Macro element contents

Macro element contents of M. oleifera plants were determined according to Chapman and Pratt (1978). Nitrogen and phosphorus were determined using Spekol Spectrocololourimeter VEB Carl Zeiss. Ca and K contents were estimated by using a flame photometer. Mg contents were estimated using an atomic absorption spectrophotometer.

Amino acid constituents

Based on the results of the first season (2015/2016), the most promising treatments were selected for the determination of amino acid compositions of the M oleifera plants and were carried out by using HPLC (Eppdrof, Germany).

Statistical analysis

Statistical analysis was performed using the MSTATC computer software package. Using analysis of variance procedure of split-plot design according to Snedecor and Cochran (1990), treatment means were compared using the Duncan (1955) test at 5% of probability and presented with standard errors. Combined analysis of the two growing seasons was carried out.


Changes in growth criteria

Table 2 shows the effect of melatonin foliar treatment with different concentrations on the growth criteria of M. oleifera plants grown under drought stress. Data clearly show that subjecting M. oleifera plant to drought stress significantly decreased growth parameters such as plant height, number of branches/plant fresh, and dry weights of leaves and shoots. The percentages of decreases were 19.29%, 28.57%, 38.29%, 12.70%, 14.97%, and 24.88% of plant height, number of branches/plant fresh, and dry weights of leaves and shoots, respectively. On the other hand, treatment of M. oleifera plants with different concentrations of melatonin increased all the abovementioned growth parameters at either normal irrigation or skipping two irrigation times, as compared with their corresponding controls (Table 2). Data clearly show that 100 mM was the most effective treatment as it caused the greatest increase in growth criteria of M. oleifera plant at either normal or drought irrigated plants.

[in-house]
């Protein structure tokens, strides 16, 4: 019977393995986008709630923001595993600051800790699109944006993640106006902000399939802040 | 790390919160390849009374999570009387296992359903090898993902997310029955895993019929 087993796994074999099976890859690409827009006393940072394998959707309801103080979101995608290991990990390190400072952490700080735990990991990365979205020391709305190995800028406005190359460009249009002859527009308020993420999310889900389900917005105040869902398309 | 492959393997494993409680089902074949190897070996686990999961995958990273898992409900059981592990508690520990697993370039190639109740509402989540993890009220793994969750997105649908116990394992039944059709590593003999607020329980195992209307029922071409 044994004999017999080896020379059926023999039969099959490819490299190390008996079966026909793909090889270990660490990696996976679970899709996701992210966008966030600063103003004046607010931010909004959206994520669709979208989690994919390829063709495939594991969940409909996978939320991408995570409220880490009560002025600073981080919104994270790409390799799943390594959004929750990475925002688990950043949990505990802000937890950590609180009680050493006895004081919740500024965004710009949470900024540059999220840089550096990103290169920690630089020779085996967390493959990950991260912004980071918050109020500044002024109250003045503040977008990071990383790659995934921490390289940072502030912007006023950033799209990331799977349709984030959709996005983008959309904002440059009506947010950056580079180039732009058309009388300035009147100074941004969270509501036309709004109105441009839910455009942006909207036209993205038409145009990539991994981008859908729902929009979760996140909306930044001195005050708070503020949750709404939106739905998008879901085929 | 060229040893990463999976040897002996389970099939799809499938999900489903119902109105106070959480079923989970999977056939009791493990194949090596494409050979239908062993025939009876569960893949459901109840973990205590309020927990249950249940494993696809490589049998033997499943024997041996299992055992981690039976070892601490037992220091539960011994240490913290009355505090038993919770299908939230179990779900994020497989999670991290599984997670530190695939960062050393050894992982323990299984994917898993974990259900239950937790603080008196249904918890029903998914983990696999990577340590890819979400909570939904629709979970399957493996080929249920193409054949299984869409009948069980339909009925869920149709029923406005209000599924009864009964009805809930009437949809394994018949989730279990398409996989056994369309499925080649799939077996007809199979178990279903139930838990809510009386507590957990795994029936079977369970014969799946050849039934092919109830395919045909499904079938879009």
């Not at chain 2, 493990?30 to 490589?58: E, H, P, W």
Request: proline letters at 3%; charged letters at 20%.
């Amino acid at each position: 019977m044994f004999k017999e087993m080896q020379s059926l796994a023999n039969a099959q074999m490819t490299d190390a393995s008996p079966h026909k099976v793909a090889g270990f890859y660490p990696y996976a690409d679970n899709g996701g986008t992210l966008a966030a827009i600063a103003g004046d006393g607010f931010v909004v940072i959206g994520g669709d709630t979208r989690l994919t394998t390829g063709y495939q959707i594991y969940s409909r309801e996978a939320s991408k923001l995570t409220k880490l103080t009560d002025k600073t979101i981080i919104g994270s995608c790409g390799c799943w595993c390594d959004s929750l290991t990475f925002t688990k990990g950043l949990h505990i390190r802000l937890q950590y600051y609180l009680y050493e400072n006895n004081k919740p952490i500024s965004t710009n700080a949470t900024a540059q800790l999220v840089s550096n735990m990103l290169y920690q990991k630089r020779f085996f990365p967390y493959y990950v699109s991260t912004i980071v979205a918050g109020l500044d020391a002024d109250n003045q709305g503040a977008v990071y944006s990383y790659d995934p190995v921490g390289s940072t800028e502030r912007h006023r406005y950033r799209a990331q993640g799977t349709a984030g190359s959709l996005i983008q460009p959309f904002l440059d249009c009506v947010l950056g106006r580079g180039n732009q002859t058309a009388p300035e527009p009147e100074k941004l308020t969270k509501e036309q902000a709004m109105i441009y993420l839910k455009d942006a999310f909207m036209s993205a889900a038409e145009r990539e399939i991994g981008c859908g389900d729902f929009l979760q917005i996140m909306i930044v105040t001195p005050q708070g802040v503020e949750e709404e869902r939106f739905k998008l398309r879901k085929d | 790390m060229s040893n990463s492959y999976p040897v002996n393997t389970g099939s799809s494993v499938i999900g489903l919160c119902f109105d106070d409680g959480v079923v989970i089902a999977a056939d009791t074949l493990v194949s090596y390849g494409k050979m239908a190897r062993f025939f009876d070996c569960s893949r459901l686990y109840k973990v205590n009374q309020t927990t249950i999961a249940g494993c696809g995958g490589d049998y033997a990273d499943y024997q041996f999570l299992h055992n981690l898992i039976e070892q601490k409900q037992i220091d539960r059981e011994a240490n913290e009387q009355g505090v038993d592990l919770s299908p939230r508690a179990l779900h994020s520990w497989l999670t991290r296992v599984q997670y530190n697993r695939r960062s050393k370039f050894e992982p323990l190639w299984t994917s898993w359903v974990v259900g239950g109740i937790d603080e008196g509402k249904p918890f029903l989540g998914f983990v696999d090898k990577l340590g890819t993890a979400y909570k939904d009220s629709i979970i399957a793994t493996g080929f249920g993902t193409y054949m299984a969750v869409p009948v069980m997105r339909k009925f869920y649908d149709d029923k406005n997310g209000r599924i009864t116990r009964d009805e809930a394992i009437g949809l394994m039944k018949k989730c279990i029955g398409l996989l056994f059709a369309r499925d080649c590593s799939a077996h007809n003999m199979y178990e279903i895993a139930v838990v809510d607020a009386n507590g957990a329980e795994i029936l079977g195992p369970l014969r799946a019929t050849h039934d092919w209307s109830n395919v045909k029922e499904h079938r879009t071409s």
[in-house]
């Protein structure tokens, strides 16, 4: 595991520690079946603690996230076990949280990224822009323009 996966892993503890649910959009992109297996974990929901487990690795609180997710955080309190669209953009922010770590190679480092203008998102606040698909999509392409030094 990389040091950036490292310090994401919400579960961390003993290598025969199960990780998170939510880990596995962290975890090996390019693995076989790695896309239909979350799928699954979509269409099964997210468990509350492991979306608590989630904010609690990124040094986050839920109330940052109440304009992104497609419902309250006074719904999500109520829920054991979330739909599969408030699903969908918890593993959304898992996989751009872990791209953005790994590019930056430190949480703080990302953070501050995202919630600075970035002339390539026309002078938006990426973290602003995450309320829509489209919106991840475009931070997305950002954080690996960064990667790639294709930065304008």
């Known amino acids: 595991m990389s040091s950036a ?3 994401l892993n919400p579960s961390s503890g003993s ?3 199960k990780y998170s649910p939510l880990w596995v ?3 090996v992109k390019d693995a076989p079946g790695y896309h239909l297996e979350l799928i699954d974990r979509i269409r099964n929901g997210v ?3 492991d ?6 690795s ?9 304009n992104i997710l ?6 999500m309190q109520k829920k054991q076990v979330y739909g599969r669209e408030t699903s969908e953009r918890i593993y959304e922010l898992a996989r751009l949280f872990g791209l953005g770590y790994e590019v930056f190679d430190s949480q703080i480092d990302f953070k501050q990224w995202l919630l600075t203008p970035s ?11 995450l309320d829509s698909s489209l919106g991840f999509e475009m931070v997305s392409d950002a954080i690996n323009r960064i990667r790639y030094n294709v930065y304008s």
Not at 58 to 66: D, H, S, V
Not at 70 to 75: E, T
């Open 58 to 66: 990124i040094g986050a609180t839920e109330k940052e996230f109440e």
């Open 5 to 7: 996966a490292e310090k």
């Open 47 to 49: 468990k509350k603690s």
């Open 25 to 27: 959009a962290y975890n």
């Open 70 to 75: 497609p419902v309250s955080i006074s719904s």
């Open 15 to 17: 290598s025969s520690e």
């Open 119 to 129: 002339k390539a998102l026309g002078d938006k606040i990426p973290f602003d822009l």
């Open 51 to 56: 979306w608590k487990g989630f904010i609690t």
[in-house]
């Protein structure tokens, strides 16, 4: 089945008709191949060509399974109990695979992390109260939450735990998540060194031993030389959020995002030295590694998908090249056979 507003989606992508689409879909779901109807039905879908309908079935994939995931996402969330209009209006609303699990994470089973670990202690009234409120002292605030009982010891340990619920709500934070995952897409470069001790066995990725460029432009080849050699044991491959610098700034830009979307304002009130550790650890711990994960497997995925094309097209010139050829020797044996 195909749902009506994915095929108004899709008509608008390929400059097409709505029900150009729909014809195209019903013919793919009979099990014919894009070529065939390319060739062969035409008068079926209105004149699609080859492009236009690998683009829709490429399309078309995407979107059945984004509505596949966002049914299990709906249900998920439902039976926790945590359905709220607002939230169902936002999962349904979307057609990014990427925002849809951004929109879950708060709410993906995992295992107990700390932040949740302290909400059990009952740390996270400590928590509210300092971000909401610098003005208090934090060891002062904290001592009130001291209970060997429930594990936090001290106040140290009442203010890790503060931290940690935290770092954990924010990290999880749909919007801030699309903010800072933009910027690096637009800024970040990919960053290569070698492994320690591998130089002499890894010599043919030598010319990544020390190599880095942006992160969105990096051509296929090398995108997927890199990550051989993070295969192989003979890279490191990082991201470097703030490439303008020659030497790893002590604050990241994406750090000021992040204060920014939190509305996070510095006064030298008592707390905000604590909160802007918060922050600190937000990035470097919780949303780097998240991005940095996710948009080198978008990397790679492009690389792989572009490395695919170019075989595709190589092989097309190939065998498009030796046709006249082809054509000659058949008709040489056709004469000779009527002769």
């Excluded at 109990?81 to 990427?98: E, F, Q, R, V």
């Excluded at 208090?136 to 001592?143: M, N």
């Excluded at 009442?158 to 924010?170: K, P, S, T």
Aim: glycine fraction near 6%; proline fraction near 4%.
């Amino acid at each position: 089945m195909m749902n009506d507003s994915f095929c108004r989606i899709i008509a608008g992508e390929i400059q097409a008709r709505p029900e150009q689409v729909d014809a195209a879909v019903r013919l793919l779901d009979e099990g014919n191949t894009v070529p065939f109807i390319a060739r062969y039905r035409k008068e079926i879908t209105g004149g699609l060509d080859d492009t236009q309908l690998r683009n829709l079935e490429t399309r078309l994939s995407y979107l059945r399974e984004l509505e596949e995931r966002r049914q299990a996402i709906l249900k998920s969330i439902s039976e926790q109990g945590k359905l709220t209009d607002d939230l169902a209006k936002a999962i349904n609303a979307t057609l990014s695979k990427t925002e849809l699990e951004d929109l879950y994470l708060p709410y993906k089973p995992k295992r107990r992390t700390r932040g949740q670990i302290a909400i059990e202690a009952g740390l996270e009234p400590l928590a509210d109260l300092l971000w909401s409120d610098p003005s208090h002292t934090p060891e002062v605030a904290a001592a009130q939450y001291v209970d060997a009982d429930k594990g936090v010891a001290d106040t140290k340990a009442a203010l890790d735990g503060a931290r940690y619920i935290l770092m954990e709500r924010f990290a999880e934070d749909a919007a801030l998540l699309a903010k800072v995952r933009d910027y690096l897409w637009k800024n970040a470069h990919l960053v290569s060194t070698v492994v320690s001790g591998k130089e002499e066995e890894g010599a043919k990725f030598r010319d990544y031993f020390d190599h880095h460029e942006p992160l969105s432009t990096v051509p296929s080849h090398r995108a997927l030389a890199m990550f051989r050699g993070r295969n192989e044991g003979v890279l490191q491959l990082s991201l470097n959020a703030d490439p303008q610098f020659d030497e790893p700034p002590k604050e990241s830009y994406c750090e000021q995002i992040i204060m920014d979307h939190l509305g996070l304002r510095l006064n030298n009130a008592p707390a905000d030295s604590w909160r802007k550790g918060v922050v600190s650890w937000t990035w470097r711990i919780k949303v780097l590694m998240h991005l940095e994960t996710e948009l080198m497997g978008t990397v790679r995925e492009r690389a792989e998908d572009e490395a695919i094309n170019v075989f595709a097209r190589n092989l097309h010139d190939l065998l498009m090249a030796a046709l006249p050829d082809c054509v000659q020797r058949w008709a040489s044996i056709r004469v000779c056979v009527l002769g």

Table 2 Effect of melatonin (0, 50, 100, and 150 mM) on growth characters of M. oleifera plants subjected to drought stress (normal irrigation and skipping two irrigation times). Data are means of two seasons

Changes in photosynthetic pigments

The effect of foliar application of melatonin with different concentrations (0, 50, 100, and 150 mM) on M. oleifera plant grown under drought stress is presented in Fig. 1. The obtained data show that subjecting M. oleifera plants to drought stress (by skipping two irrigation times) caused significant decreases in photosynthetic pigment constituents (chlorophyll a, chlorophyll b, carotenoids, and total pigments) as compared with control plants. With respect to foliar treatment of melatonin, data showed that melatonin foliar treatment increased chlorophyll a, chlorophyll b, carotenoids, and consequently total pigments significantly and gradually till 100 mM then decreased but still greater than control plants as compared with untreated control plants. A total of 100 mM was the most effective treatment as it causes the highest increases of all photosynthetic pigment constituents either of normal irrigated plants or drought-stressed plants (Fig. 1).

Fig. 1

Effect of melatonin (0, 50, 100, and 150 mM) on photosynthetic pigments (μg/g fresh wt.) of M. oleifera plants subjected to drought stress (normal irrigation and skipping two irrigation times)